A traditionally weak week for syndicators maintained a troublesome holiday tradition with few programs showing improvement for the week ending Dec. 17, according to Nielsen Media Research.
With most shows in repeats, potential viewers out of their living rooms doing their holiday shopping and severe storms in the northwest knocking out power and ratings from the Portland, Ore., and Seattle areas, stations once again faced the holiday blues.
Good news, however, surfaced amid the weekly first-run hours, where Paramount’s “Entertainment Tonight Weekend” and NBC Universal’s “Access Hollywood Weekend” both saw double-digit increases. “Entertainment Tonight” hit a 2.7 rating, up 13 percent over the previous week and up 17 percent over the same period in 2005. Meanwhile, “Access” had its own strong run, rising 13 percent in weekly and yearly comparisons to a 1.8.
Among strips, the talk show genre saw no growth this week, with each of the seven top series declining and the rest holding even. One program, King World’s “The Oprah Winfrey Show,” hit its worst score of the season with a 6.0 rating. In fact, most talk shows were down by double-digit percentages versus the same period in 2005 with the exception of “Dr. Phil,” which was off 6 percent versus the previous year and 10 percent for the week at a 4.7 rating.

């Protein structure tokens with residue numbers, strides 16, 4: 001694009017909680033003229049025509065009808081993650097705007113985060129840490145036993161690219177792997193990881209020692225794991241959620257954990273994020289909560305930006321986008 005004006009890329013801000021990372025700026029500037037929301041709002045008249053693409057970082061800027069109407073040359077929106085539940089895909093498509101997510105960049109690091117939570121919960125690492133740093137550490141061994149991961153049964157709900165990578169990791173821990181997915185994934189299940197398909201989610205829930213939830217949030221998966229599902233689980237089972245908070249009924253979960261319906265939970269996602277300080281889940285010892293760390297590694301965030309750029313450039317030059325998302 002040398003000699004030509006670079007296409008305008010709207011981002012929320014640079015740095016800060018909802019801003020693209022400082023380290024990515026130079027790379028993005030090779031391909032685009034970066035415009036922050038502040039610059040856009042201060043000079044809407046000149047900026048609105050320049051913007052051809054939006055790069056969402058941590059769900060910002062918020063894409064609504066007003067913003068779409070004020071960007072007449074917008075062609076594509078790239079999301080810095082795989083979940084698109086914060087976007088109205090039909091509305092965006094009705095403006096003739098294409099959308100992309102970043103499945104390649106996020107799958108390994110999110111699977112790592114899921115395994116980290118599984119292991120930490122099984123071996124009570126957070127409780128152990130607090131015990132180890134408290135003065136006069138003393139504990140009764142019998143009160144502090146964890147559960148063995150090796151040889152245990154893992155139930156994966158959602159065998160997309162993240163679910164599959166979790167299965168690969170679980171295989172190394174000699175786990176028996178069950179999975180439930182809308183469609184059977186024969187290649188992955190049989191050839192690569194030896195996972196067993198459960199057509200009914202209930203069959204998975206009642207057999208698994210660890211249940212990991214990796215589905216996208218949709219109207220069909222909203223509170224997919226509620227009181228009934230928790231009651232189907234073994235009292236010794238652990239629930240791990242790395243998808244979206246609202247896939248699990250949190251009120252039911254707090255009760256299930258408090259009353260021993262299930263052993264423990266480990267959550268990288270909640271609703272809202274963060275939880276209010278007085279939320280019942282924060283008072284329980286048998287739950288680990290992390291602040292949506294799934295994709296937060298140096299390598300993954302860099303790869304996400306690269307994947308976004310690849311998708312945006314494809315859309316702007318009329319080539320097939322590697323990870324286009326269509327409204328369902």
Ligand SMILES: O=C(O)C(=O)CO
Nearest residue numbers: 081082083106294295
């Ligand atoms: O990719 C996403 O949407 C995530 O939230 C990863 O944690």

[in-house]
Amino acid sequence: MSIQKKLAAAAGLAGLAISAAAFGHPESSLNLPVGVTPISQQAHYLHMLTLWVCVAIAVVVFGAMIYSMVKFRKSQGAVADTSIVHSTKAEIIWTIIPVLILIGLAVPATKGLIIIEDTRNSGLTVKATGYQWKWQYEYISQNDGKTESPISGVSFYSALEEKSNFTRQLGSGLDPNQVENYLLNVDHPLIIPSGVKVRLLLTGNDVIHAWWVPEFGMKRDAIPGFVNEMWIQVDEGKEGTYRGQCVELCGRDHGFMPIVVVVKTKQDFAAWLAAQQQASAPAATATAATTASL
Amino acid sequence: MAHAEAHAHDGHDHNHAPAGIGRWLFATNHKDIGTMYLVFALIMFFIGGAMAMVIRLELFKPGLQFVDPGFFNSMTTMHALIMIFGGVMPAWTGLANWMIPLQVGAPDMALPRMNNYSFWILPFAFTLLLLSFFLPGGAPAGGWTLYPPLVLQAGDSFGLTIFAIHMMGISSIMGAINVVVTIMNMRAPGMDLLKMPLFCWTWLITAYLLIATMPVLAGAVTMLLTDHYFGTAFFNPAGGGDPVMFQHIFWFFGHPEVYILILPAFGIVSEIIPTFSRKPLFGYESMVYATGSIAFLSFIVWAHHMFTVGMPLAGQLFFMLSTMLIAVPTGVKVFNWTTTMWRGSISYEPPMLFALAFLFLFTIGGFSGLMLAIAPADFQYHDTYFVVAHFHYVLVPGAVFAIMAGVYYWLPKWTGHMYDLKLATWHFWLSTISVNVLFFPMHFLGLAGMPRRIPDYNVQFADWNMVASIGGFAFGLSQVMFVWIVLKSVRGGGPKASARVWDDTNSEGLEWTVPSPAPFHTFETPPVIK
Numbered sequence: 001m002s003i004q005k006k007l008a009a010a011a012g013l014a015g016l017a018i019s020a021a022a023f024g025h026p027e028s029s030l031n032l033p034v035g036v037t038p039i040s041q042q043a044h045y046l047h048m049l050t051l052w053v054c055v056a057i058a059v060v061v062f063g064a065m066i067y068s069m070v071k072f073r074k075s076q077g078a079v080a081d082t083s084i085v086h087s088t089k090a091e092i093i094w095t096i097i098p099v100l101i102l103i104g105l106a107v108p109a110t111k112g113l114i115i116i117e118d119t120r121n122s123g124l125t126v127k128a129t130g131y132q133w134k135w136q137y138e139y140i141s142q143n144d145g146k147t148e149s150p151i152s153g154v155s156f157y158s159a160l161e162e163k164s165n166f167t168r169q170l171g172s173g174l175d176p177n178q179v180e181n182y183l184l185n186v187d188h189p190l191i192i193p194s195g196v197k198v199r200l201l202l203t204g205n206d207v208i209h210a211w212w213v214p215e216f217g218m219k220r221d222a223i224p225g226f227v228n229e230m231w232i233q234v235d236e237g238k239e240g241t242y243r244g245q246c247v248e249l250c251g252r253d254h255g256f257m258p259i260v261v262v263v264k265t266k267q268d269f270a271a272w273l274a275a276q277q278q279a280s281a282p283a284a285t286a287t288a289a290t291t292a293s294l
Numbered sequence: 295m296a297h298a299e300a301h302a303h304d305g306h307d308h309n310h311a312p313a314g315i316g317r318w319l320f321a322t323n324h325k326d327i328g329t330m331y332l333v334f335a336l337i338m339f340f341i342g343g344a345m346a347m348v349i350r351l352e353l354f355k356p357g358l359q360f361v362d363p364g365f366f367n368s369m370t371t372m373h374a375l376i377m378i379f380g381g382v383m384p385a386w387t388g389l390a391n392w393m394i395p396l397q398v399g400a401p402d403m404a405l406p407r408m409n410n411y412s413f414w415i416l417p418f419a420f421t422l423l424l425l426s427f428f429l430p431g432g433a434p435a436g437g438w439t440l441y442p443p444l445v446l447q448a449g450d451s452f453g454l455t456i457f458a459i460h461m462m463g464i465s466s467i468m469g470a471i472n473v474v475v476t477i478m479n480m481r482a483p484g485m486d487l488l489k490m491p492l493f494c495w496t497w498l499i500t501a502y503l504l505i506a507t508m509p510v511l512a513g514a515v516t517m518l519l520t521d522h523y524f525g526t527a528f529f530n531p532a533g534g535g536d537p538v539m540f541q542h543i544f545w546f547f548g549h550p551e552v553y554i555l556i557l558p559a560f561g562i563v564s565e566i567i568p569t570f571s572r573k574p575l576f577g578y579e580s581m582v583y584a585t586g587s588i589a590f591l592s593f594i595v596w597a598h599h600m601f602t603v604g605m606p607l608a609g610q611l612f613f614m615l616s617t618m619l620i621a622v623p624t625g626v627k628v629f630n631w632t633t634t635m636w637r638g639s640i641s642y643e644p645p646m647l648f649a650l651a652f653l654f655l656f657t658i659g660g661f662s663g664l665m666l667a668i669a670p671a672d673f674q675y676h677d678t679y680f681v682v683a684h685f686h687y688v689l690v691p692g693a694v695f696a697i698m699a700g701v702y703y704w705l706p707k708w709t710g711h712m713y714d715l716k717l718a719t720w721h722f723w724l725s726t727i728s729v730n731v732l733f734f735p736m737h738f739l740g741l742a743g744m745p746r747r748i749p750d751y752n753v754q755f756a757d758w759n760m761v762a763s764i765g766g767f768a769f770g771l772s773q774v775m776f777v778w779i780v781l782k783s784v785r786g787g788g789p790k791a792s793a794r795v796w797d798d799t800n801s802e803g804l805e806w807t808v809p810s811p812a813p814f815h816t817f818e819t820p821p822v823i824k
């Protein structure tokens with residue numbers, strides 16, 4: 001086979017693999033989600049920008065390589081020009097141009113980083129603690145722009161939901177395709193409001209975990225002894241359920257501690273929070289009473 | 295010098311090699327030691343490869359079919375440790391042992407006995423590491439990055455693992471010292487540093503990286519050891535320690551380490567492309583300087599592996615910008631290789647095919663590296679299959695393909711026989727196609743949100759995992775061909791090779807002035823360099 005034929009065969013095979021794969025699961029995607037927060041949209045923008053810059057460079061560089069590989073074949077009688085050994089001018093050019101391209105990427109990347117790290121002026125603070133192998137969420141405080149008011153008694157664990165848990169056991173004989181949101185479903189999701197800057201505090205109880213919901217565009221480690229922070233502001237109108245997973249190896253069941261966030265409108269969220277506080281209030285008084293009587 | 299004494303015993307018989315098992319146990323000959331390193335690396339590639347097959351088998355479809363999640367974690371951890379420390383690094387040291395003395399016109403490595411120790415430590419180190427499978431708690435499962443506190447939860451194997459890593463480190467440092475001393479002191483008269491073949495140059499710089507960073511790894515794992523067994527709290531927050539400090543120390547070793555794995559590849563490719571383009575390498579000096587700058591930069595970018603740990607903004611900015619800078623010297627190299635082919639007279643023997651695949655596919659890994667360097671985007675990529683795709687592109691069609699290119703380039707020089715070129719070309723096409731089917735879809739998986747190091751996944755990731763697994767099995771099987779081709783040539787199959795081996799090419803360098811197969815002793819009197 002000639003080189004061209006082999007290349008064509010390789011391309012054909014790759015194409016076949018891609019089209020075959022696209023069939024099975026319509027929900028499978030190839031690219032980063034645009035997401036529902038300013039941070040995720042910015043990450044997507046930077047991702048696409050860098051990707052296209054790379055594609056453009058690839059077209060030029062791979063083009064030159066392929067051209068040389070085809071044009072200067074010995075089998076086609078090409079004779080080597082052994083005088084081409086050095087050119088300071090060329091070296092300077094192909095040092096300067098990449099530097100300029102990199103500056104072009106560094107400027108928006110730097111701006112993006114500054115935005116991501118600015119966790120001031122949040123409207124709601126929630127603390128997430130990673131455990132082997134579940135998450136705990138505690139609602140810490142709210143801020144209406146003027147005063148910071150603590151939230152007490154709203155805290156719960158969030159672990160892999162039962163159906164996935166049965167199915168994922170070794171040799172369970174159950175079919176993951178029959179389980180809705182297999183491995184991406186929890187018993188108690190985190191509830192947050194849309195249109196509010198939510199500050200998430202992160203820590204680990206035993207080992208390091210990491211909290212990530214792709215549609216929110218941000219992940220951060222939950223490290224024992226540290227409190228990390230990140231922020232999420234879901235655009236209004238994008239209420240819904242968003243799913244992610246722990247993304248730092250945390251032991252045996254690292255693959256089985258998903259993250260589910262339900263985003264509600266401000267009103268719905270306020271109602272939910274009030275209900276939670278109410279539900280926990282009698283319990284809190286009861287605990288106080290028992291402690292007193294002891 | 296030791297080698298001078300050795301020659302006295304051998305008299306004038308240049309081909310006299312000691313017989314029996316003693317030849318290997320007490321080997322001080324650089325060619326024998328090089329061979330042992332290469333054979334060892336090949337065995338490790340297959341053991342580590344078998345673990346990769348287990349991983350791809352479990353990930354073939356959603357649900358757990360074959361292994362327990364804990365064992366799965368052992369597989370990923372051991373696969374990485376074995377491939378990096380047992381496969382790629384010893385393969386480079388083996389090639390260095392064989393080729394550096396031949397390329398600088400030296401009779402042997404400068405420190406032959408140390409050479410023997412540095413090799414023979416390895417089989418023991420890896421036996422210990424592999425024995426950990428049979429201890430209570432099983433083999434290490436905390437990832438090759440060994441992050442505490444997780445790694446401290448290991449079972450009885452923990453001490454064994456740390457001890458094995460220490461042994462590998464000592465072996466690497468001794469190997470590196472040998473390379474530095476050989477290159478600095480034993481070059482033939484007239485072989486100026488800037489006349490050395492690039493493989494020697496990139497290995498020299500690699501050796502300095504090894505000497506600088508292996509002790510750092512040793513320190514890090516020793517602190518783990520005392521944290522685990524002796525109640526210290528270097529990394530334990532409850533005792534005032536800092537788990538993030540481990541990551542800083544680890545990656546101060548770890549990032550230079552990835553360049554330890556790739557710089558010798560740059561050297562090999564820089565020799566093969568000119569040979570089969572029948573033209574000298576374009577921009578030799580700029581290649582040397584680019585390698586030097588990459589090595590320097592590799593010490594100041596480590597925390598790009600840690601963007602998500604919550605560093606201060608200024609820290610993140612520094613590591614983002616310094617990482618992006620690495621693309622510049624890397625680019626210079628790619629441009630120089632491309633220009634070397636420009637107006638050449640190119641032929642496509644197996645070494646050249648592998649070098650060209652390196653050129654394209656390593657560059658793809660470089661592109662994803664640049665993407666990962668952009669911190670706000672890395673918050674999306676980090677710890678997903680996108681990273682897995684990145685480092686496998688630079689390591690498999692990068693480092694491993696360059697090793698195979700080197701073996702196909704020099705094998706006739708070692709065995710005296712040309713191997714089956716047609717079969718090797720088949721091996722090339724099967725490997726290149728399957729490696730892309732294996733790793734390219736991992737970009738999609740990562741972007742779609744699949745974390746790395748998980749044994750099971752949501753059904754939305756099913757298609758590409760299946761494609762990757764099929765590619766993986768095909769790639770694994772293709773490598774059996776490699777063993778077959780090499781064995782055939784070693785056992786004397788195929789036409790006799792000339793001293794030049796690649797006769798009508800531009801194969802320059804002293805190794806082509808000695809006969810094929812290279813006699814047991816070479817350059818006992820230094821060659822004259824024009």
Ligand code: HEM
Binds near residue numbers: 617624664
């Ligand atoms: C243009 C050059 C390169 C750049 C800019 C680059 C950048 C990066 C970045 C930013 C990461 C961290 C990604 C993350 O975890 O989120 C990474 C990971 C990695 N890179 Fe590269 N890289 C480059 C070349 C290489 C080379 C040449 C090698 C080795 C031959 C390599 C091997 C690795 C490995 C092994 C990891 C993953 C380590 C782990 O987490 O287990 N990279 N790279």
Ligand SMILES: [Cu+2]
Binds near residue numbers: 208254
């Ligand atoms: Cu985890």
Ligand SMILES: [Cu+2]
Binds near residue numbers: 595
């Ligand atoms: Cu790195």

Court shows saw every veteran in the genre down from last year’s numbers except for Warner Bros.’ “Judge Greg Mathis,” which held even at a 2.4, down a tenth of a point from the previous week. Category leader “Judge Judy” was off 2 percent for the week at a 4.7.
“Access Hollywood” and “Geraldo at Large” were the only newsmagazines to avoid syndication’s annual holiday downtrend, both holding even week-to-week with scores of 2.6 and 1.6, respectively. Warners’ “Extra” suffered the biggest percentage drop in the genre, falling 9 percent to match a season-low 2.0 score.
Taking the biggest hit for the week were the big three off-net series, “Everybody Loves Raymond,” “Seinfeld” and “Friends.” All three were down 20 percent or more compared to 2005 numbers. “Raymond” earned a 5.3 rating, down 2 percent for the week but off 20 percent compared to the same period last year. “Seinfeld” slid 21 percent from last year to a 4.6, despite holding even for the week. “Friends” dropped 25 percent in year-to-year comparisons, earning a 3.8 for the week.